Myanmar Military Attempts to Fire United Nations Ambassador a Second Time for “Duty Abuse”
Myanmar’s military junta tried for a second time to fire its United Nations Ambassador, Kyaw Moe Tun, who opposed the military’s February takeover, for “abuses” of duty, according to the Associated Press.
Tun “has been terminated on Feb. 27, 2021, owing to abuses of his assigned duties and mandate,” according to a letter from Myanmar’s Foreign Minister Wunna Maung Lwin to United Nations Secretary-General Antonio Guterres obtained by the Associated Press. In a separate letter, the foreign minister announced the appointment of Aung Thurein, a former military member, as the country’s United Nations ambassador.
The military had previously failed to remove Tun, who denounced the coup in an address to the United Nations General Assembly weeks after the military took power.
The military’s attempt to appoint Thurein to the United Nations is “an affront to the world body,” according to Chris Gunness, director of the Myanmar Accountability Project in London. Thurein is “a man with such strong connections to an institution with blood on its hands and which stood accused of genocide in The Hague even before the coup,” Gunness said.
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Tun was a vocal opponent of the military’s February 1 removal of civilian leader Aung San Suu Kyi.
Tun pleaded for “the strongest possible measures from the international community” to restore democracy to Myanmar in a dramatic statement to a General Assembly hearing on the country on Feb. 26 – weeks after the military takeover. He also encouraged all countries to strongly denounce the coup, refuse to recognize the military rule, and push military officials to accept Suu Kyi’s National League for Democracy’s victory in the November 2020 elections.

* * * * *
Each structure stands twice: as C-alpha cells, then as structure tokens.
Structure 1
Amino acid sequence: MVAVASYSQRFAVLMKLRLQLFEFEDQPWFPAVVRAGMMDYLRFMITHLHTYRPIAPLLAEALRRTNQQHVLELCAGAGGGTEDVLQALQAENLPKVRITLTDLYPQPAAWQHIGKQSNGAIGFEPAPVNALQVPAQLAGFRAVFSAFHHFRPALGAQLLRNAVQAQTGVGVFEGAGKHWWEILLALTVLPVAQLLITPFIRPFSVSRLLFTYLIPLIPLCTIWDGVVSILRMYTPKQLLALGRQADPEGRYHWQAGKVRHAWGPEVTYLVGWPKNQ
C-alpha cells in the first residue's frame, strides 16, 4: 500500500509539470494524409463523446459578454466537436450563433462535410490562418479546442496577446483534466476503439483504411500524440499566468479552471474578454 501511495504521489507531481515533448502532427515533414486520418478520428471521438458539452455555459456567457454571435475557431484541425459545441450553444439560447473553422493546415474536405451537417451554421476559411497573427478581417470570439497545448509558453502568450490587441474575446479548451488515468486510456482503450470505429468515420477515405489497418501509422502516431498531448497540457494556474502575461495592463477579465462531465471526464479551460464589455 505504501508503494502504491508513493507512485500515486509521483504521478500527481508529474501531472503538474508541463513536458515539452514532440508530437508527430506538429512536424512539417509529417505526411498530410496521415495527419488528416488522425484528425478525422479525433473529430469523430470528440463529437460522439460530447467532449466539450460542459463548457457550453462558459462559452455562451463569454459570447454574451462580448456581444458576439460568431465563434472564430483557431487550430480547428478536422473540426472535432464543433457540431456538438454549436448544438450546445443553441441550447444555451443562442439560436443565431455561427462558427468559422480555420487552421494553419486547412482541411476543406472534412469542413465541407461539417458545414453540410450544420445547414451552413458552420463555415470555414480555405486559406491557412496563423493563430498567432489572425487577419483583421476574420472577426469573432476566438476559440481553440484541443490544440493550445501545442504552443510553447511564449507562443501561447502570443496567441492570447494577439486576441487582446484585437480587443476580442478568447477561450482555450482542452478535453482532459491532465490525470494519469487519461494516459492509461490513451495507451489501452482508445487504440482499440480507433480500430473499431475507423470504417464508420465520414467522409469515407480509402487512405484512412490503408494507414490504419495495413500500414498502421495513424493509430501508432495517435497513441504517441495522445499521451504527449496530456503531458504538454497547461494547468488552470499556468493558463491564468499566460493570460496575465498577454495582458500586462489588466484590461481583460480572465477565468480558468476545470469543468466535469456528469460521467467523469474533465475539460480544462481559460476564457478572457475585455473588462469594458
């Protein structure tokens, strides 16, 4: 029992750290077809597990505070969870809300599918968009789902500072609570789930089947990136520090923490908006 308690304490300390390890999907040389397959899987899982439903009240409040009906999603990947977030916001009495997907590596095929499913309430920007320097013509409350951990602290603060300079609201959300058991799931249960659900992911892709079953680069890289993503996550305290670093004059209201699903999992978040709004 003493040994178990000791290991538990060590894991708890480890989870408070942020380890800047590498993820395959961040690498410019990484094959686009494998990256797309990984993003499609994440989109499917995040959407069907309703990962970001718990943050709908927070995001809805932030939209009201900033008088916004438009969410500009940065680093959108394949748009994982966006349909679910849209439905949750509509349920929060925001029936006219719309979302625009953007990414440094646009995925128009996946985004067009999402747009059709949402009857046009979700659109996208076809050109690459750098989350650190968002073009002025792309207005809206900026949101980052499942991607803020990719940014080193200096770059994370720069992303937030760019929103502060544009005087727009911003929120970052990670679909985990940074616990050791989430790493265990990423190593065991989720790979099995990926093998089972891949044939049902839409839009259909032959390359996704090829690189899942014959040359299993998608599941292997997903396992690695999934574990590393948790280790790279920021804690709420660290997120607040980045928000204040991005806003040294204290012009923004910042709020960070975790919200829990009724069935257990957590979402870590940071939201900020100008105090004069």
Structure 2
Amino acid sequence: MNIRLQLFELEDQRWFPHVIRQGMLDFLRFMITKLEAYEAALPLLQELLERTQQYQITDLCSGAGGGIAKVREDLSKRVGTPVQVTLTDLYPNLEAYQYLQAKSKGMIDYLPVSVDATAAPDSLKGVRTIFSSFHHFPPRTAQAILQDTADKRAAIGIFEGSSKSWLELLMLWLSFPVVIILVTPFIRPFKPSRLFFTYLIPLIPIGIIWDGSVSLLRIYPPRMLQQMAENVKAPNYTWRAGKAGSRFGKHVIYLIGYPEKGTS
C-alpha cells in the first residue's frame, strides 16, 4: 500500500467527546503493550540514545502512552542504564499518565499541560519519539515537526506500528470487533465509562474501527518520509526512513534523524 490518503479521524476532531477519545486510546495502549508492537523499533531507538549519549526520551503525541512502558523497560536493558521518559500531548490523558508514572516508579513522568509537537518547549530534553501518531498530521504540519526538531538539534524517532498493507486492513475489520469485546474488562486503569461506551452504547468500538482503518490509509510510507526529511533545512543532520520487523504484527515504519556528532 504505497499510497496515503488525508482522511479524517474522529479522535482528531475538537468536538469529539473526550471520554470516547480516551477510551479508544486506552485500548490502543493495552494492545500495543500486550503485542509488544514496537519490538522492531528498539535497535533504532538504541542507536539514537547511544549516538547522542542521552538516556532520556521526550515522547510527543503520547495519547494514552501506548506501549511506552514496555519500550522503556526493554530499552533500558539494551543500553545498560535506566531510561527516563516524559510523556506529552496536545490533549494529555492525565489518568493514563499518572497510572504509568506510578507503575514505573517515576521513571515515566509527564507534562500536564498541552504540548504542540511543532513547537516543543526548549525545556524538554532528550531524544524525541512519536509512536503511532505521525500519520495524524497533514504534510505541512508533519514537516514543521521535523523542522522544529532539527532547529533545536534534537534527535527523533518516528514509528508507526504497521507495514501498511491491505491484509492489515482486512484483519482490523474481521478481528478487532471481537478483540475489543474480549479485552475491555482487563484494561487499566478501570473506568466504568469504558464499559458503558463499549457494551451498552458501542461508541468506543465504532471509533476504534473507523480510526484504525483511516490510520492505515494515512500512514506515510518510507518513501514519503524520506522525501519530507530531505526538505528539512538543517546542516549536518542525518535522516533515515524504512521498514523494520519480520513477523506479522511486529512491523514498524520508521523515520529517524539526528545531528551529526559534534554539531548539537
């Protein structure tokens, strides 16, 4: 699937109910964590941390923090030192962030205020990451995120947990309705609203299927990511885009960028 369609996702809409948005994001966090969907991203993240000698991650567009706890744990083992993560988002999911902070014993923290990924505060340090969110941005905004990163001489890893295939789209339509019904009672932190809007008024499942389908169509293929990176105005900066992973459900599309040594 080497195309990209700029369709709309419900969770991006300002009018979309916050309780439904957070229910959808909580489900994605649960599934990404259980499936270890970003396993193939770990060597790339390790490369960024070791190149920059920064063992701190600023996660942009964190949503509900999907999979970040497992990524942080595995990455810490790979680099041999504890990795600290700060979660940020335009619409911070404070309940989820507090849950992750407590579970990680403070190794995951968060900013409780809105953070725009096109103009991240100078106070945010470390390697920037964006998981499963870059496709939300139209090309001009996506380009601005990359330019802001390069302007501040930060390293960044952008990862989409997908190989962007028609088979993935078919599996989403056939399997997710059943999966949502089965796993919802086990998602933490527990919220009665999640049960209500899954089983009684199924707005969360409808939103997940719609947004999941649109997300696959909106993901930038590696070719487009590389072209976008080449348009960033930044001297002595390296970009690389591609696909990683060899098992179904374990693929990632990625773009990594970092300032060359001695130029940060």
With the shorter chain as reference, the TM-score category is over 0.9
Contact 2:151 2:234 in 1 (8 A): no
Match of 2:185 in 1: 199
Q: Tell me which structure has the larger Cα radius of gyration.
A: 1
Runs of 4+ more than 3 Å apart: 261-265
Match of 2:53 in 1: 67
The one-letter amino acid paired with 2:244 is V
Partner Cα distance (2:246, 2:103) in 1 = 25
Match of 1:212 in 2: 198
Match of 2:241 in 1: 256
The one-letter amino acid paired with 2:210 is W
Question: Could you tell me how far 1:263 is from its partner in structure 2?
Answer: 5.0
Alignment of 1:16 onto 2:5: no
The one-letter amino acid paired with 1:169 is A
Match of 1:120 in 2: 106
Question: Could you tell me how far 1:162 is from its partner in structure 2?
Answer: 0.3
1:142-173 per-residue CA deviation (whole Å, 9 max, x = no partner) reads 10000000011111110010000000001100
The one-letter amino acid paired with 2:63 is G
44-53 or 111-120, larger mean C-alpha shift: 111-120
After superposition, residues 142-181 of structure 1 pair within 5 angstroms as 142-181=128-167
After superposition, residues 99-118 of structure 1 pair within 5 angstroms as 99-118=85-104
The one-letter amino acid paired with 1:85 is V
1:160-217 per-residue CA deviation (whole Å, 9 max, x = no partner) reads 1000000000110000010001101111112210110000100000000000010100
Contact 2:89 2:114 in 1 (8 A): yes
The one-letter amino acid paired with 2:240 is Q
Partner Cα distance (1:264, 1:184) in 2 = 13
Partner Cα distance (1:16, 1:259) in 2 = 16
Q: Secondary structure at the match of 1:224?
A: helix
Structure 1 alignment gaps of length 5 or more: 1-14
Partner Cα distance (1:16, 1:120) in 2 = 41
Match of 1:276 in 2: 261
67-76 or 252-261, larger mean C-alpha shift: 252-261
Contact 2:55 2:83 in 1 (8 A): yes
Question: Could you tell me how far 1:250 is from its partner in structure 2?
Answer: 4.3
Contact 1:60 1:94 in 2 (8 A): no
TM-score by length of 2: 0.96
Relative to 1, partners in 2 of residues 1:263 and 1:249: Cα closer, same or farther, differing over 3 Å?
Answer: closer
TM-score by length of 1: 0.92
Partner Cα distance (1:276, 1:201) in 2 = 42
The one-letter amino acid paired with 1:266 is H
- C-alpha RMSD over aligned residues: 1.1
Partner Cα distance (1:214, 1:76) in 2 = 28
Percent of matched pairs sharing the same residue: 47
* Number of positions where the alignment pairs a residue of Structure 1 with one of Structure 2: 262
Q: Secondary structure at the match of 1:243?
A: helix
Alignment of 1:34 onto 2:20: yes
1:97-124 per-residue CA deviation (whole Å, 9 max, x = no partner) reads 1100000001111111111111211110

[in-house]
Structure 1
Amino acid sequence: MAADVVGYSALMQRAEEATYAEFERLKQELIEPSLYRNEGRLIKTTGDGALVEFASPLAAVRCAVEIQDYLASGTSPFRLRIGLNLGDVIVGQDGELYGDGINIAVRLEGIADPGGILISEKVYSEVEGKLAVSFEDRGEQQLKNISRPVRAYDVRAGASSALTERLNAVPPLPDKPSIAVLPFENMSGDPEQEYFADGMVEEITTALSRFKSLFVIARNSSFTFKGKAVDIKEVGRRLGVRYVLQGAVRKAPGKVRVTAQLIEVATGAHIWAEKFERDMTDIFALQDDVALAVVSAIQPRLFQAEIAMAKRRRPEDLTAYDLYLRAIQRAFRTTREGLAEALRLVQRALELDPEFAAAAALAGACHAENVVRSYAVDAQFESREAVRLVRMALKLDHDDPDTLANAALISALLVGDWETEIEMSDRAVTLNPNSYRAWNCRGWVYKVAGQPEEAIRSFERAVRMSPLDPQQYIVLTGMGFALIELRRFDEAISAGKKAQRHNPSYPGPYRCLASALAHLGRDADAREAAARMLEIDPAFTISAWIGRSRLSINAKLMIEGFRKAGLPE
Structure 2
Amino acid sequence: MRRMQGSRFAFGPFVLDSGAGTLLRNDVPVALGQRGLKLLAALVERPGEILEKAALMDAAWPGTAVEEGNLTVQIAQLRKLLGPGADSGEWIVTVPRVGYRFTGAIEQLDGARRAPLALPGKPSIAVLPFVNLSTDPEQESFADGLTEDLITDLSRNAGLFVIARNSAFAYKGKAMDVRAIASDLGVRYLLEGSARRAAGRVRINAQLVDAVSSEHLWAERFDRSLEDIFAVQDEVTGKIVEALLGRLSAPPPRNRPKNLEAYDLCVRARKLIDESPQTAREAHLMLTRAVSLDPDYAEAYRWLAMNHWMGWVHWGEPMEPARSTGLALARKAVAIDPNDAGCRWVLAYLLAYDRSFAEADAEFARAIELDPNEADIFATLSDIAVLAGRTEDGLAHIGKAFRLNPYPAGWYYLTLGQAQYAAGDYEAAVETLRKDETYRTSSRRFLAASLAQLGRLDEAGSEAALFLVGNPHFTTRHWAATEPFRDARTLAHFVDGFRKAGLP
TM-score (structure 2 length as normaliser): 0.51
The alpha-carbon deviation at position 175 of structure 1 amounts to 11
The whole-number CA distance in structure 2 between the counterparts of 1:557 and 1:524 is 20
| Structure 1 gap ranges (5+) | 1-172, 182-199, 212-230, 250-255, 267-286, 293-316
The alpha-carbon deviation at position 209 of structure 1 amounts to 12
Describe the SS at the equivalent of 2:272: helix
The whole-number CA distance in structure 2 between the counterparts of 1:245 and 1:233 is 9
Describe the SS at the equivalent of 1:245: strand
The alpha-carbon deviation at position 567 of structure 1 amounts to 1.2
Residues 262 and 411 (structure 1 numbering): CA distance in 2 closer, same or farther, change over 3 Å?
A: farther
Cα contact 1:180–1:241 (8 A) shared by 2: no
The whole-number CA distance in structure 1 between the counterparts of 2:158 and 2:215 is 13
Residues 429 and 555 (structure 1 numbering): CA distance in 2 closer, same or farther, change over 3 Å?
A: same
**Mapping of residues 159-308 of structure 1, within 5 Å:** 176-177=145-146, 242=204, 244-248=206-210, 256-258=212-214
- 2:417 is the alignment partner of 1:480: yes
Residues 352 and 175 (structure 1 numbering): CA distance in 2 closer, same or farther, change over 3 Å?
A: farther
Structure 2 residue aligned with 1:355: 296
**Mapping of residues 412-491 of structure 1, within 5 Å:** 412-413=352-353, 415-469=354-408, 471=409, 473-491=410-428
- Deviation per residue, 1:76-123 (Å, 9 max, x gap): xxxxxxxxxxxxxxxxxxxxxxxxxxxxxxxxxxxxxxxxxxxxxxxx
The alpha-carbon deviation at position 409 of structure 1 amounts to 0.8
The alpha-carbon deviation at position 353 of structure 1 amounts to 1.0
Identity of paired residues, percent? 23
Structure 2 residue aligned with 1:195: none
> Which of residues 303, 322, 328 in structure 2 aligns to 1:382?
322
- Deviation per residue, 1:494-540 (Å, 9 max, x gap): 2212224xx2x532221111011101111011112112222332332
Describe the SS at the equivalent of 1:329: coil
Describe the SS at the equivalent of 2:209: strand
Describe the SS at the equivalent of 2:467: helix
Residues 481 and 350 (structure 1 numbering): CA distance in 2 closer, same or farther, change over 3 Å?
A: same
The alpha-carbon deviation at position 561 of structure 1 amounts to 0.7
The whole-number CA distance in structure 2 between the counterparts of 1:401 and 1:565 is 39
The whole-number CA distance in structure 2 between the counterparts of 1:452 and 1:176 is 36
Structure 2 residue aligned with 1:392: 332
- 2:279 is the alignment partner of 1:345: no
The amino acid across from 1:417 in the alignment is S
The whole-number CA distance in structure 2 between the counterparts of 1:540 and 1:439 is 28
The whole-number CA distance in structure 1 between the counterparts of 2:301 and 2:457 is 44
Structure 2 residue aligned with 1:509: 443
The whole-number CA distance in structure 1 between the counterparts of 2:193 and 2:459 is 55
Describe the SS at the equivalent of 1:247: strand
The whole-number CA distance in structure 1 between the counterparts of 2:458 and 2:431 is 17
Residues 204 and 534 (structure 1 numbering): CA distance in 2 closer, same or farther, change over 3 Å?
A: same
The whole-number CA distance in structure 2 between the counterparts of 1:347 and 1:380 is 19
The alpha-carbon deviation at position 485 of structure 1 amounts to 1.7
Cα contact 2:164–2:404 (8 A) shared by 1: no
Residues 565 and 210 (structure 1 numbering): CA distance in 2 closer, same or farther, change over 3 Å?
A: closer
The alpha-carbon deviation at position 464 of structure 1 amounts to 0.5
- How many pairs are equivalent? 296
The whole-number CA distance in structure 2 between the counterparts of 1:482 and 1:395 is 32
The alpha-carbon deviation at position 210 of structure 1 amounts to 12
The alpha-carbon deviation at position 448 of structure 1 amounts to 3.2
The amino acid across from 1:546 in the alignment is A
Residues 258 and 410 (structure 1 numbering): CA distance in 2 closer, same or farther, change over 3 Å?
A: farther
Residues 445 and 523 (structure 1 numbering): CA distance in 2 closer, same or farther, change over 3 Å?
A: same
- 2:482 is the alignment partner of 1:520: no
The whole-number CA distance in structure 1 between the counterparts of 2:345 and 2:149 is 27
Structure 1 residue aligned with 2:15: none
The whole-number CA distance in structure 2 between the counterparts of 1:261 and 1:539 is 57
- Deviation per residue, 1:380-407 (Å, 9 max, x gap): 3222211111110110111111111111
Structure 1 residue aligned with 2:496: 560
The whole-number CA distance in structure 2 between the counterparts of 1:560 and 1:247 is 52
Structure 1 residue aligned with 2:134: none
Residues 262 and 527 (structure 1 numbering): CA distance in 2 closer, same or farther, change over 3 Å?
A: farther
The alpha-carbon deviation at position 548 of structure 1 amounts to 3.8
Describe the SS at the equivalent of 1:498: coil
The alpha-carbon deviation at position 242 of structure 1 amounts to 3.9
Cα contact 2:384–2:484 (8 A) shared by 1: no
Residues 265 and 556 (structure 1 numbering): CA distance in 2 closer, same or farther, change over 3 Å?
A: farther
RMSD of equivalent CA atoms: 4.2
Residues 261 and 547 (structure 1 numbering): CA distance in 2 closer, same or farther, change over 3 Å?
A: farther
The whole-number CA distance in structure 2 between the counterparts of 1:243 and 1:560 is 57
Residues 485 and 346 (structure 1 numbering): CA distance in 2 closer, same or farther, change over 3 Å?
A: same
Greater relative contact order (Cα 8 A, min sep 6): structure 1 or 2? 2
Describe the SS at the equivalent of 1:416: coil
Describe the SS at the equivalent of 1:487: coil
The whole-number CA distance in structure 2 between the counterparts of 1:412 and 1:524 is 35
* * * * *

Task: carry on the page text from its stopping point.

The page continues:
“We will continue to struggle for a government that is of the people, by the people, and for the people,” Tun said in a speech that diplomats in the assembly chamber applauded, calling it “strong,” “brave,” and “courageous.”
The foreign minister’s letter, dated May 12, has reportedly received no response.
Diplomats are accredited by the General Assembly, which has 193 members. A request for accreditation must first be reviewed by the nine-member credentials committee, which includes Cameroon, China, Iceland, Papua New Guinea, Russia, Trinidad & Tobago, Tanzania, the United States, and Uruguay this year.
Farhan Haq, the UN’s deputy spokesman, stated as follows: This is a condensed version of the information.